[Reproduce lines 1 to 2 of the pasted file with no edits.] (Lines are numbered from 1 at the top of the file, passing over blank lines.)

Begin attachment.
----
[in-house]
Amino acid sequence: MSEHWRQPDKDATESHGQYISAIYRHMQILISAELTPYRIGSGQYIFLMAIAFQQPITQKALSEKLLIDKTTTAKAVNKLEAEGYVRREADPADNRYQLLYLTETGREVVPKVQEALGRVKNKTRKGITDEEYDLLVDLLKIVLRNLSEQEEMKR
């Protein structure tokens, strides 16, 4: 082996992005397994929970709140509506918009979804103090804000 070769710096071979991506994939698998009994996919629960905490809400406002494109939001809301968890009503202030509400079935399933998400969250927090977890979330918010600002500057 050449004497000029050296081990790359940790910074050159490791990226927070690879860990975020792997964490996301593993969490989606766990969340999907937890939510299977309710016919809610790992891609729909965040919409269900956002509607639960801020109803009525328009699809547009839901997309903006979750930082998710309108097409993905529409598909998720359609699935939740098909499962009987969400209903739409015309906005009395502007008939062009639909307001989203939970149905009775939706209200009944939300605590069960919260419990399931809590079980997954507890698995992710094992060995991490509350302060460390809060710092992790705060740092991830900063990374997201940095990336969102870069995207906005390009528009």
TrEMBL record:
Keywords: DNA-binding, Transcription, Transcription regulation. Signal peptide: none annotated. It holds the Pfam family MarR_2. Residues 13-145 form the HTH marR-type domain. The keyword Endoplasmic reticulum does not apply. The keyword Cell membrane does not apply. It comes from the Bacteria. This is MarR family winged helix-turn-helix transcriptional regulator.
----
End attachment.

[in-house]
Amino acid sequence: MSEHWRQPDKDATESHGQYISAIYRHMQILISAELTPYRIGSGQYIFLMAIAFQQPITQKALSEKLLIDKTTTAKAVNKLEAEGYVRREADPADNRYQLLYLTETGREVVPKVQEALGRVKNKTRKGITDEEYDLLVDLLKIVLRNLSEQEEMKR